Representation of women in the South African military

Prins, Ammerenthia Petronella
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Although the breakthrough came in 1998 for women to join the combat corps, twenty years later, the SANDF is still facing the challenge of not being able to increase the number of women, and to meet the national target of a 50:50 male versus female ratio in the combat environment. The purpose of this research was to explore the reasons why the SANDF had not been able to achieve a 50:50 male to female ratio in the combat environment and to consider possible implications for the gender transformation mandate of the SANDF. Patriarchy stood out to be the biggest challenge women face in the military. Some of the symptoms of patriarchy visible in the SANDF is that the leadership of the SANDF is predominantly male, policies are not gender neutral and the continuous sexual harassment of women to the extent where the MOD & MV had to intervene. The perception that women must behave like men to achieve military objectives must end however, the military remains a “man’s world” and as Heinecken (2016) claims, “..the only way to ‘regender’ the military is to stop privileging masculinity over femininity”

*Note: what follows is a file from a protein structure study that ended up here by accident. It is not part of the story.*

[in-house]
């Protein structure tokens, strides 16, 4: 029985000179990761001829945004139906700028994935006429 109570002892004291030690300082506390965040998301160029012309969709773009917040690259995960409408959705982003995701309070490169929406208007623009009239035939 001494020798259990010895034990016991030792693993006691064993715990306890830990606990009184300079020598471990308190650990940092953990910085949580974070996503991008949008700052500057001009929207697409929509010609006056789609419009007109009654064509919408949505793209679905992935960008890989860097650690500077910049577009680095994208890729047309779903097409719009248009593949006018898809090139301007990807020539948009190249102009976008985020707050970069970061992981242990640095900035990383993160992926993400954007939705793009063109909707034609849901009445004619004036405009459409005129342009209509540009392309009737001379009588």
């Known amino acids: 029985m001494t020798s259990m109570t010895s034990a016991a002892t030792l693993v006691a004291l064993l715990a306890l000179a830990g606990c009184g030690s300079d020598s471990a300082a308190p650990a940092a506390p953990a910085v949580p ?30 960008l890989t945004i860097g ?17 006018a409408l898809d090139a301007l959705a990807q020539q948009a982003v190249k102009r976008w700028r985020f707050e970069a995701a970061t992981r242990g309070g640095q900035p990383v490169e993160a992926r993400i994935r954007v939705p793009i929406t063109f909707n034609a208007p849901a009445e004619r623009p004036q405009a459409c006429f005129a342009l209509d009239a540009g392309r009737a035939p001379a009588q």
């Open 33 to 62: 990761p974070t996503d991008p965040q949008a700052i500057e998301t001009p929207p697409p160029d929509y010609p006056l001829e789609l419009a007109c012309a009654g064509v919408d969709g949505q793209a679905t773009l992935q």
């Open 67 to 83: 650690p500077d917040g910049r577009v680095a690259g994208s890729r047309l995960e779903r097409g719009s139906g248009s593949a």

A research report submitted to the Faculty of Management, University of the Witwatersrand, in 50% fulfilment of the requirements for the degree Master of Management (in the Field of Security)